This article was originally printed in the latest issue of Numismatic News.
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Didn’t the intended design for Hermon MacNeil’s Standing Liberty quarter originally include two dolphins?
Two fugitives – or leftovers – from the 1915 Panama-Pacific Exposition $1 and $50 of 1915 were stranded at the left and right bases of the wall on MacNeil’s design for the 1916 quarter, but after the Mint derided them as “mad dolphins” they were dropped, or sunk, as you prefer.
Is there any specific reason for the August 1, 1834, date on some of the Bechtler private coins?
The date was added to indicate that the coins met the U.S. Mint standards established for gold coinage in that year. It didn’t make the coins official, but it was a selling point to convince the public they were legitimate private issues.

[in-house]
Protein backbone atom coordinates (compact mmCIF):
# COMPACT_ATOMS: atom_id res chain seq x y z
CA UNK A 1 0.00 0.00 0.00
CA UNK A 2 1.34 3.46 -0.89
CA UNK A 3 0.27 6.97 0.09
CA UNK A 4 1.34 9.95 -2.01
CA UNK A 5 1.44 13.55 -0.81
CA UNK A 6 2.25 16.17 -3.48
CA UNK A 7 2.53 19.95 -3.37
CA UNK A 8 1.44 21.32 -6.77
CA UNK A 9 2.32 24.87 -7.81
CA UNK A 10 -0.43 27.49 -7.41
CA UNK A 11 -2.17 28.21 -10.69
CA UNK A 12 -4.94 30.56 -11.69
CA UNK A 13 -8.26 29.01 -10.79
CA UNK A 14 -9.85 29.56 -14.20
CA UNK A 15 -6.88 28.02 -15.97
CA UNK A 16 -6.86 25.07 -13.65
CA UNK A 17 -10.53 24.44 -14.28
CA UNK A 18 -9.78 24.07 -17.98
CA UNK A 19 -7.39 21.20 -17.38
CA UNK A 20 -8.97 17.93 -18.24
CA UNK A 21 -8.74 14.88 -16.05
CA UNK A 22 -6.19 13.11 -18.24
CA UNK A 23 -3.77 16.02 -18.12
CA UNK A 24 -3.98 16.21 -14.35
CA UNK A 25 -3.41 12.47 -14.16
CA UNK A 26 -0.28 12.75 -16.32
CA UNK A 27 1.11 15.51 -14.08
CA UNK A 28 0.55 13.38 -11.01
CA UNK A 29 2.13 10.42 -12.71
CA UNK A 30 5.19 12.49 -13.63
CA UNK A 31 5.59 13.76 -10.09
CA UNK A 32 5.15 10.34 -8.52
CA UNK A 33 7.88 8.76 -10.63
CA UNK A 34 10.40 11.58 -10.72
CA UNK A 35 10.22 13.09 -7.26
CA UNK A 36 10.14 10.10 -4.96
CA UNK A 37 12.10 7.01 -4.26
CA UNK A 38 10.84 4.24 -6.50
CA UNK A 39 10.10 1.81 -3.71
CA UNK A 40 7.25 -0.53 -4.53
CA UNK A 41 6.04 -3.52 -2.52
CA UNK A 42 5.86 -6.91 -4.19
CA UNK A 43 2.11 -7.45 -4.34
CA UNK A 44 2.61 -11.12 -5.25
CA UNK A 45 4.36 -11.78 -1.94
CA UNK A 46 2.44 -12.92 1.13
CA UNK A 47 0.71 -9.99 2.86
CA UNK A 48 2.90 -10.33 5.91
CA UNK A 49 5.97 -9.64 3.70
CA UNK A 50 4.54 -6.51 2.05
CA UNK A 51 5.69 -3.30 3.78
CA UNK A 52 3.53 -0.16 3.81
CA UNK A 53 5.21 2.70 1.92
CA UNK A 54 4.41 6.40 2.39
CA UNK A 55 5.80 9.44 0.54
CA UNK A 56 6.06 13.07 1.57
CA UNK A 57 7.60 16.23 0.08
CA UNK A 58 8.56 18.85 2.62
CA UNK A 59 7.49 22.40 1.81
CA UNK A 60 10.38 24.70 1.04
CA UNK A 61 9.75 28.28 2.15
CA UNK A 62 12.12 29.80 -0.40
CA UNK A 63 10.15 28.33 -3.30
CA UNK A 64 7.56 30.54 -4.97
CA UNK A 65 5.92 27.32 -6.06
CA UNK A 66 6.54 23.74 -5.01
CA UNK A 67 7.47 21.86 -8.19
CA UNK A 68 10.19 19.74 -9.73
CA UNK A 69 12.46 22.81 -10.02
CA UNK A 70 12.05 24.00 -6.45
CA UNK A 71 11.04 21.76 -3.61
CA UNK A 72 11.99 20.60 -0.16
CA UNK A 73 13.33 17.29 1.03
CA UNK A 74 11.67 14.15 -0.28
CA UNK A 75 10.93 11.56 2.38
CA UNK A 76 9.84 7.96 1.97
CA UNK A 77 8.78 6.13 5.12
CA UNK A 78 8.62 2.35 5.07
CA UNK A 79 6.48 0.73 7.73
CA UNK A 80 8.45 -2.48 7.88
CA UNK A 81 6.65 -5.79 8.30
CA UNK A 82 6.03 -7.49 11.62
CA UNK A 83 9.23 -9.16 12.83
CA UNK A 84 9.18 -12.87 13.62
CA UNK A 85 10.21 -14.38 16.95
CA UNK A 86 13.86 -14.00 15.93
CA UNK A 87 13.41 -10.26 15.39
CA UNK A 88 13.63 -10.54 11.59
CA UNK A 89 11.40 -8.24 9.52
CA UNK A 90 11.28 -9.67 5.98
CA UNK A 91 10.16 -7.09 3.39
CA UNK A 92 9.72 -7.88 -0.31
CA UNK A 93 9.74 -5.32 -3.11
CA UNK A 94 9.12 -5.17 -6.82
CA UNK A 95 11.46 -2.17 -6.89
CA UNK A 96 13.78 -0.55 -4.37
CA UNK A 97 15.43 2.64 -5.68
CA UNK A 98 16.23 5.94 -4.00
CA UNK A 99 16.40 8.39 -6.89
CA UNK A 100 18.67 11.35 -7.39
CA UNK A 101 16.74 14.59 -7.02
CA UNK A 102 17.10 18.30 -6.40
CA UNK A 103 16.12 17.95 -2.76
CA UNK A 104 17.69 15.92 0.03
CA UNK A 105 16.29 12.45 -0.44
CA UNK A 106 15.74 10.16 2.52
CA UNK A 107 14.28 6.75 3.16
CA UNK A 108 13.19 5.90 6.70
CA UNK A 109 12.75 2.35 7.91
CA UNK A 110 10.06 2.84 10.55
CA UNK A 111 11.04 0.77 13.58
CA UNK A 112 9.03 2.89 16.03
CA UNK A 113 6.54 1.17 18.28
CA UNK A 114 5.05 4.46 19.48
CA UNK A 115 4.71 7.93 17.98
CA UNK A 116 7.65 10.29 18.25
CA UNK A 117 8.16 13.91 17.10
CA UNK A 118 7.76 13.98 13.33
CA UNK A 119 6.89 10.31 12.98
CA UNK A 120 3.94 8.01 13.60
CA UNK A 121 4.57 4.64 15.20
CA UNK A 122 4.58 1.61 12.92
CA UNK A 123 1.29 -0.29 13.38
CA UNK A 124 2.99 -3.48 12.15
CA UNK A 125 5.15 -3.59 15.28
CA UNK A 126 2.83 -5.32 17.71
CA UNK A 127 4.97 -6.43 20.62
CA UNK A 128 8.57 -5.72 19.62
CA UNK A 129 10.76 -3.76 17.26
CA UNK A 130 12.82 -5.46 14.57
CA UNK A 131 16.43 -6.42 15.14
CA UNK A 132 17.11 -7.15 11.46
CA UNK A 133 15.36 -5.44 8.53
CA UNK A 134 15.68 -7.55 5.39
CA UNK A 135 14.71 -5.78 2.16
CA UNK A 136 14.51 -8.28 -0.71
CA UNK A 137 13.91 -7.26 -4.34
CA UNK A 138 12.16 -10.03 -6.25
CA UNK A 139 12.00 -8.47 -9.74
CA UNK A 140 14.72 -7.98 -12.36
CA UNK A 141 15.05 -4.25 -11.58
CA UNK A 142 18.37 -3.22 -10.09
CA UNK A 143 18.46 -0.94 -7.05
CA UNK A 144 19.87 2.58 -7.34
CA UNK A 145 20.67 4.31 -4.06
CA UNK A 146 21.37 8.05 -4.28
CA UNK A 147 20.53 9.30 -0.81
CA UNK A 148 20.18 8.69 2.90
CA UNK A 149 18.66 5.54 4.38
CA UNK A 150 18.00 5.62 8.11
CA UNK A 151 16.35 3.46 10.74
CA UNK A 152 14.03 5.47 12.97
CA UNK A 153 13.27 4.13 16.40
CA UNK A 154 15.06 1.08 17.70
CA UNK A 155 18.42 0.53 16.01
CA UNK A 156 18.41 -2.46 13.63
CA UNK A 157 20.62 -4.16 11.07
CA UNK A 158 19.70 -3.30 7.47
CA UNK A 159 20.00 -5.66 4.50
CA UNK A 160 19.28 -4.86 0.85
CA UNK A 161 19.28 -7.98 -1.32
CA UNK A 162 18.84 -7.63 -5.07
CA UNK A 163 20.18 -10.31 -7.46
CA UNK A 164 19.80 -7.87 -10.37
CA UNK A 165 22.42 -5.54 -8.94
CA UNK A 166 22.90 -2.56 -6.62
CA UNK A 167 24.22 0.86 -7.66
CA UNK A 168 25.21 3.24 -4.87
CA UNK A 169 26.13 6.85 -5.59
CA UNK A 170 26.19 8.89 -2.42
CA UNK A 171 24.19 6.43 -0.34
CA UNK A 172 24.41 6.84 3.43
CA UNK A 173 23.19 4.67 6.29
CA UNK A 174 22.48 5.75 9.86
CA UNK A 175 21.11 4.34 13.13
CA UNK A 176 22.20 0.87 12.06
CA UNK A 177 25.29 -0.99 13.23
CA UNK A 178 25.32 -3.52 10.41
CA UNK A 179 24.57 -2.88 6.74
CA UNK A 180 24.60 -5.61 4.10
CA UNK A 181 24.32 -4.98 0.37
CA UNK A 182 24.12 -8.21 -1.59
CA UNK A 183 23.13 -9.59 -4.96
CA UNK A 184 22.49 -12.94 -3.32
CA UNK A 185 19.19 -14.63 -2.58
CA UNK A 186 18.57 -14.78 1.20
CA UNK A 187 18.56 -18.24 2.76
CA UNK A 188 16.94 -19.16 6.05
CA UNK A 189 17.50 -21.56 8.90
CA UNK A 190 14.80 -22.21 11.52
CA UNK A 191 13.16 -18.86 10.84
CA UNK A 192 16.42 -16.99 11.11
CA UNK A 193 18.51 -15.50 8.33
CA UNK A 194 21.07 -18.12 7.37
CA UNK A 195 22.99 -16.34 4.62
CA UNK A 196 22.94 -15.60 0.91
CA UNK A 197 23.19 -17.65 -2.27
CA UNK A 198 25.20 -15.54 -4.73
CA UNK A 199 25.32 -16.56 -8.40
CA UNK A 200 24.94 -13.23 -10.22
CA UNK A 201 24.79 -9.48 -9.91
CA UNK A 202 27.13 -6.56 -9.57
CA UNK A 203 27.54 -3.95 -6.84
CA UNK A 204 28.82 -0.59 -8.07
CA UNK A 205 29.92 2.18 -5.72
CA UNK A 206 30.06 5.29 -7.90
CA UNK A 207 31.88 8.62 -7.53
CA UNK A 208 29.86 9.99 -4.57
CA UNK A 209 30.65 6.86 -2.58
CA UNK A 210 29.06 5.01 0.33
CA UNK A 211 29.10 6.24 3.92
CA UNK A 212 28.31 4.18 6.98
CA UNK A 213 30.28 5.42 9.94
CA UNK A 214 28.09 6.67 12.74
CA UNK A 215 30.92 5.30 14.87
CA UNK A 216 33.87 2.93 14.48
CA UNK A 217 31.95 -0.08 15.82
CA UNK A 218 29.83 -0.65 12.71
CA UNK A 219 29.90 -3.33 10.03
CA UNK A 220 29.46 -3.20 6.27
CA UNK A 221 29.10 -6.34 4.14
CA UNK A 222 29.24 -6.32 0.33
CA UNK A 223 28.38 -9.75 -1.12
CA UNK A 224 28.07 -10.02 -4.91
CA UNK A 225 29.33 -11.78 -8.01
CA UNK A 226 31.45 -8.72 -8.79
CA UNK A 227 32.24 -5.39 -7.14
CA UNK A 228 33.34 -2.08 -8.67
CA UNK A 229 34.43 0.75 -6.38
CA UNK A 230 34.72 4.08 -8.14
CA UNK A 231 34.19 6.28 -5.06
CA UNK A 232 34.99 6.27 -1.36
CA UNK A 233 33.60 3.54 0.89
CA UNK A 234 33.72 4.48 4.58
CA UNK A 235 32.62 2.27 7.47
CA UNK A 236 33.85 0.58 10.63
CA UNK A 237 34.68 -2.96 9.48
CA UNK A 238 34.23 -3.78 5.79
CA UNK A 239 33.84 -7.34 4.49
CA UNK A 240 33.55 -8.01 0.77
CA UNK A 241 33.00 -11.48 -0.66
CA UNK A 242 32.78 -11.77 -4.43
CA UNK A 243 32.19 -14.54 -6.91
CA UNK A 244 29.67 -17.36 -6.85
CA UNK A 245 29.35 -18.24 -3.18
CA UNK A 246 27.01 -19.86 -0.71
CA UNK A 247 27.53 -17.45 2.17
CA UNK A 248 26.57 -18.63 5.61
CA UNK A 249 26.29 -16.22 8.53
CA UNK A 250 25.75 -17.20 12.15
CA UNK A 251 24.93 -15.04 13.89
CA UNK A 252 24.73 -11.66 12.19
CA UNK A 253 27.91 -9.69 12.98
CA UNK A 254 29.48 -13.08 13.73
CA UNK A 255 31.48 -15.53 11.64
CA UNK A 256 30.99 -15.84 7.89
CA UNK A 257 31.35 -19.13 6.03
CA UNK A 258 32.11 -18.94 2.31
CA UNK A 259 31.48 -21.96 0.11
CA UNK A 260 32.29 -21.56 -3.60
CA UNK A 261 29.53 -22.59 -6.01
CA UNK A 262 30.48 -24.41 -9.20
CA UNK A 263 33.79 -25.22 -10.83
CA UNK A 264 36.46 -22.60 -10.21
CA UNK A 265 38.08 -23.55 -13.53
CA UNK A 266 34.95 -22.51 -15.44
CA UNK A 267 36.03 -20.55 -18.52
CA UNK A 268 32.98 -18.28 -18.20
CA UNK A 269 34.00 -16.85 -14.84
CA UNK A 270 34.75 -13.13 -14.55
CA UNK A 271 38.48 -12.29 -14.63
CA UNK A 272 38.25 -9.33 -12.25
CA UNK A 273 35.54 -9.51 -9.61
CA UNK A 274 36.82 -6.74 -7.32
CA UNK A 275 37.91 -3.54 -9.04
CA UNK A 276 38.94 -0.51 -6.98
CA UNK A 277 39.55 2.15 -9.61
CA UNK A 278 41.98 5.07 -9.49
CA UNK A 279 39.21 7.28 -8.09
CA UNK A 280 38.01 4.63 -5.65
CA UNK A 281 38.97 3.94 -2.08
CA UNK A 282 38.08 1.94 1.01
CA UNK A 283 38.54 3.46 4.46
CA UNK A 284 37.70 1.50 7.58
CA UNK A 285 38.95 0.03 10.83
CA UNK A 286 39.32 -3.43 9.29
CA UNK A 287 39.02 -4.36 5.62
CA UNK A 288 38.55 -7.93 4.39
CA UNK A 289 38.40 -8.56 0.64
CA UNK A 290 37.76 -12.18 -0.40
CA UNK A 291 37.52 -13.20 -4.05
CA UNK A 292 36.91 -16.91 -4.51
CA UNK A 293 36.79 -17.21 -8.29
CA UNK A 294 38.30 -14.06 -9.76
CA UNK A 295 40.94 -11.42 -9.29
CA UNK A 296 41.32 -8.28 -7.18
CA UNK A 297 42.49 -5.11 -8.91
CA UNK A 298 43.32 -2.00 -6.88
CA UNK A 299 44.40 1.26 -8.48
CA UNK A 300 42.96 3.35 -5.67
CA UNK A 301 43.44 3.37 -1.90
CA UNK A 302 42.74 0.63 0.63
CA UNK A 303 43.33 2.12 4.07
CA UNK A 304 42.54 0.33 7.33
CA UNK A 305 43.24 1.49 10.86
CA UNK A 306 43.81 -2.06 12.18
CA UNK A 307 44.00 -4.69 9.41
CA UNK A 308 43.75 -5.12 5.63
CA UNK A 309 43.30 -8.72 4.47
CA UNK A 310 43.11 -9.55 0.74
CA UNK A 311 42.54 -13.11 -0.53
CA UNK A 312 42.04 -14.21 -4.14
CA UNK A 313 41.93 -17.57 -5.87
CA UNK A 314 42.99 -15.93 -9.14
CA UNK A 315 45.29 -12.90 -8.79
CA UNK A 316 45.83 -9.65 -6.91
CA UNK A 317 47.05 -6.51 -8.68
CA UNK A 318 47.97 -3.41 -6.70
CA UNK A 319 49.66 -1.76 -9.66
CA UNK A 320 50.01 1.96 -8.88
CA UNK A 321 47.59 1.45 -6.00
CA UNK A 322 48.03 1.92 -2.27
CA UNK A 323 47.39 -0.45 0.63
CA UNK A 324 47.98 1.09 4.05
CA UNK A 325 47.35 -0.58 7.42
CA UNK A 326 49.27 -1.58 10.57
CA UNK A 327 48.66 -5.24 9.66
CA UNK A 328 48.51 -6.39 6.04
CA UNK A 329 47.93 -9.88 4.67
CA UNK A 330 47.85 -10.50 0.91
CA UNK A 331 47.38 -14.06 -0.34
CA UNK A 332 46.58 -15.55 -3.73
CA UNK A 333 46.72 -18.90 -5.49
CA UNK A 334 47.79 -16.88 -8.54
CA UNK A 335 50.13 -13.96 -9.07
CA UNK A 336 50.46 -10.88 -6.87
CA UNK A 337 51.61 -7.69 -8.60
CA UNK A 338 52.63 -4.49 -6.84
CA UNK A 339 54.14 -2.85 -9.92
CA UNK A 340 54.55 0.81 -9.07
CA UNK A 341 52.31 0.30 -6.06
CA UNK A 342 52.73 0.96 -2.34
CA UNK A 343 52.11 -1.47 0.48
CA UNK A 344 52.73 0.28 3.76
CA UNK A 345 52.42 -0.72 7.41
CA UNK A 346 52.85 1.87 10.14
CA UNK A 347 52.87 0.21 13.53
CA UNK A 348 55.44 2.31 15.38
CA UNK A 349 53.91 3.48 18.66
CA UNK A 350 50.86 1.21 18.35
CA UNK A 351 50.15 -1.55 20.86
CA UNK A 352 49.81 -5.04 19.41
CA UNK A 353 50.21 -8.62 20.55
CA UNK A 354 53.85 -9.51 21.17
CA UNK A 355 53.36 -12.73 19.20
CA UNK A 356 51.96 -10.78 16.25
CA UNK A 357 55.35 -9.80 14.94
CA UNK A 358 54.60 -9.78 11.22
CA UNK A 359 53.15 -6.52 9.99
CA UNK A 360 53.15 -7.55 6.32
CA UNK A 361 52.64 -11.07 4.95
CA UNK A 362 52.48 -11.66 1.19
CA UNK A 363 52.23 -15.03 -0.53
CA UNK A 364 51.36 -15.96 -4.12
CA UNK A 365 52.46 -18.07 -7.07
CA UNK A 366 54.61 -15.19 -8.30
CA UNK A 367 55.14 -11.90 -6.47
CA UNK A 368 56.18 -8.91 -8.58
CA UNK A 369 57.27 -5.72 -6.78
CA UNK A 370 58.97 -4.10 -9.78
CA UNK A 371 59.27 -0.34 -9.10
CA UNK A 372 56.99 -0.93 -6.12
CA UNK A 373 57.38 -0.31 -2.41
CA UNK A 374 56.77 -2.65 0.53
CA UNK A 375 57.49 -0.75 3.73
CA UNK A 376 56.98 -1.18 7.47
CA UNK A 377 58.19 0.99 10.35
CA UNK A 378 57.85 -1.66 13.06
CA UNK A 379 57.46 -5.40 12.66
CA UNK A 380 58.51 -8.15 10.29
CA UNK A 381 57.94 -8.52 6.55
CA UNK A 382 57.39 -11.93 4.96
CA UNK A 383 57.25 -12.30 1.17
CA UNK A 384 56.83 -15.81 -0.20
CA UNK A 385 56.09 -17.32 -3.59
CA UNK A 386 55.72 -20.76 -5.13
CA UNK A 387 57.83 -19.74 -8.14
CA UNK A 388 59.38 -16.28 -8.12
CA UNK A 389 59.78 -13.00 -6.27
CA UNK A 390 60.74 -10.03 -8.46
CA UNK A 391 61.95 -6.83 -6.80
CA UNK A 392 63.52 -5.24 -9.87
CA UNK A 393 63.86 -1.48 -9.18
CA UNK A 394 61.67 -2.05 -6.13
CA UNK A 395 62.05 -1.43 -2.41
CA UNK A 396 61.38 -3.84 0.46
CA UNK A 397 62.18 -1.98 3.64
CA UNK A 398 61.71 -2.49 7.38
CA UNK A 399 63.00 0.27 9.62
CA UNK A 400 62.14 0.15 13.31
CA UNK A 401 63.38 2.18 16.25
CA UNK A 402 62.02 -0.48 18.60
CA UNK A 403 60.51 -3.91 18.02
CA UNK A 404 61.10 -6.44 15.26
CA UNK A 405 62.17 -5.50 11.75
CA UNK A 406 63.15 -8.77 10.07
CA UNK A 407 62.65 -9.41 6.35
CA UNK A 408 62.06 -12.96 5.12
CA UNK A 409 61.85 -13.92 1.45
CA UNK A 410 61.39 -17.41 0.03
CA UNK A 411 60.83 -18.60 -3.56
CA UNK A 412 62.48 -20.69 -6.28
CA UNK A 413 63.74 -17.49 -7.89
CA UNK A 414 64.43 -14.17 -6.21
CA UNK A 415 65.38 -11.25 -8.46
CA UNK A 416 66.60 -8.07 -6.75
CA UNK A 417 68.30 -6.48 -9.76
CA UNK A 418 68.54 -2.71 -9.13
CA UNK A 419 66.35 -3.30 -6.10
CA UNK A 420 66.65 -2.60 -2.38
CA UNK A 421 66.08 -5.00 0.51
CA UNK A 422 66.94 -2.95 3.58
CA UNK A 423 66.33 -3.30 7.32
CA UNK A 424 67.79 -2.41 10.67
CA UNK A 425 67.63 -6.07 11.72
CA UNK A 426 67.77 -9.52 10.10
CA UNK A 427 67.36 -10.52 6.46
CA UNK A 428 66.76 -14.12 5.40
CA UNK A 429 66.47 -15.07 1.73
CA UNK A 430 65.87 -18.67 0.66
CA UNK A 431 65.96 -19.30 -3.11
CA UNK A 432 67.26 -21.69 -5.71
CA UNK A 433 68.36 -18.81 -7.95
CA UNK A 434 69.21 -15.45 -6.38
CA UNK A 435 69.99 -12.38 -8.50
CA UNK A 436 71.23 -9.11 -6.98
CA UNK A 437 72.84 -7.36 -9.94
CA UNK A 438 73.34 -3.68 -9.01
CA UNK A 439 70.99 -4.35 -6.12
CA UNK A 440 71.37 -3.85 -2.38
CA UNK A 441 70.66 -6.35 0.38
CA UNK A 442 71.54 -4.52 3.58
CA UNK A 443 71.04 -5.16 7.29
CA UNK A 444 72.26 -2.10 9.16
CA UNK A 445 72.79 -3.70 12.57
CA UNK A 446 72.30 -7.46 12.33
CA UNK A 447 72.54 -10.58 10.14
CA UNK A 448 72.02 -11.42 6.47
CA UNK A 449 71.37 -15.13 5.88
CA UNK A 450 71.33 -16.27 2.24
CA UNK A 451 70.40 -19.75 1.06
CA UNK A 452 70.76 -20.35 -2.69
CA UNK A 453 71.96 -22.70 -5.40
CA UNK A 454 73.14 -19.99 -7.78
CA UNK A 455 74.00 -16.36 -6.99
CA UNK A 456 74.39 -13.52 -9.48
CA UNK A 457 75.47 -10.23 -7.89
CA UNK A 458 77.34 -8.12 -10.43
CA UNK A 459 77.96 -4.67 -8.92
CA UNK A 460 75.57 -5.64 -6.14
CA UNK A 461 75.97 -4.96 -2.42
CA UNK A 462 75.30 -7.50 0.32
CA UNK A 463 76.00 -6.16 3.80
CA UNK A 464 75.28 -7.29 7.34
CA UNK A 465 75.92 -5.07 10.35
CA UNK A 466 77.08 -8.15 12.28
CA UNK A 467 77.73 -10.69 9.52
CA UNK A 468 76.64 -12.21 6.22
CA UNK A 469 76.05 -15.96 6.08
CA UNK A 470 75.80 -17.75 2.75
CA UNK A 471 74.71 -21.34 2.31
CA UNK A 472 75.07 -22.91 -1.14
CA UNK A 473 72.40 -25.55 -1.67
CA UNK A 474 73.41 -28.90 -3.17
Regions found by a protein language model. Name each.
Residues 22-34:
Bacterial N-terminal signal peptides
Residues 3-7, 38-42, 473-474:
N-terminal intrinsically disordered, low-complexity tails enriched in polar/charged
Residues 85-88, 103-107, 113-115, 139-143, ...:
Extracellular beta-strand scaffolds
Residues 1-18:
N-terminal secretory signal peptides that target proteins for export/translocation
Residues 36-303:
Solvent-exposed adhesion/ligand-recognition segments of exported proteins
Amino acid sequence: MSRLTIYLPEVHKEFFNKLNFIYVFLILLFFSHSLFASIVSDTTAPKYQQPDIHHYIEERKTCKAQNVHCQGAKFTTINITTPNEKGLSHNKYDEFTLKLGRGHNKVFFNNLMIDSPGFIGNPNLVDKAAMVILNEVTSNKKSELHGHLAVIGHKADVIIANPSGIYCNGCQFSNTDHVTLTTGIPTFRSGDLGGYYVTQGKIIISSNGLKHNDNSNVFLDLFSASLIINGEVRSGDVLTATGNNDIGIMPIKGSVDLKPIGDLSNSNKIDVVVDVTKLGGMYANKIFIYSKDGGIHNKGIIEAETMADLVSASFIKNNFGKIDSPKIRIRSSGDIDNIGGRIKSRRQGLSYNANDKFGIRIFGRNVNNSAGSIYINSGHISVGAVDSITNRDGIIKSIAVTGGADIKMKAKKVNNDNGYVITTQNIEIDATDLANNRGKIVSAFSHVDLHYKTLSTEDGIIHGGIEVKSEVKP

I have a Clark, Gruber $20 gold piece that really tests as gold but it is not as heavy as a normal $20. What can you tell me about it?
You have one of the 10-karat gold copies of the original coin. It does contain gold, but much less, certainly not the amount that is in the genuine coins.
I thought 1979 was supposed to be celebrated as Thomas A. Edison Centennial year with a commemorative coin and other items. What happened to the coin?
If all of the bills introduced to issue commemorative coins were laid end to end ... This one met the fate of all the rest, and died.
What was the “Resumption Act of 1875?”
It was heralded as the start toward a “hard” money economy and among other things abolished the one-fifth of 1 percent charge for coining gold bullion into coins to encourage more gold deposits with the Treasury.
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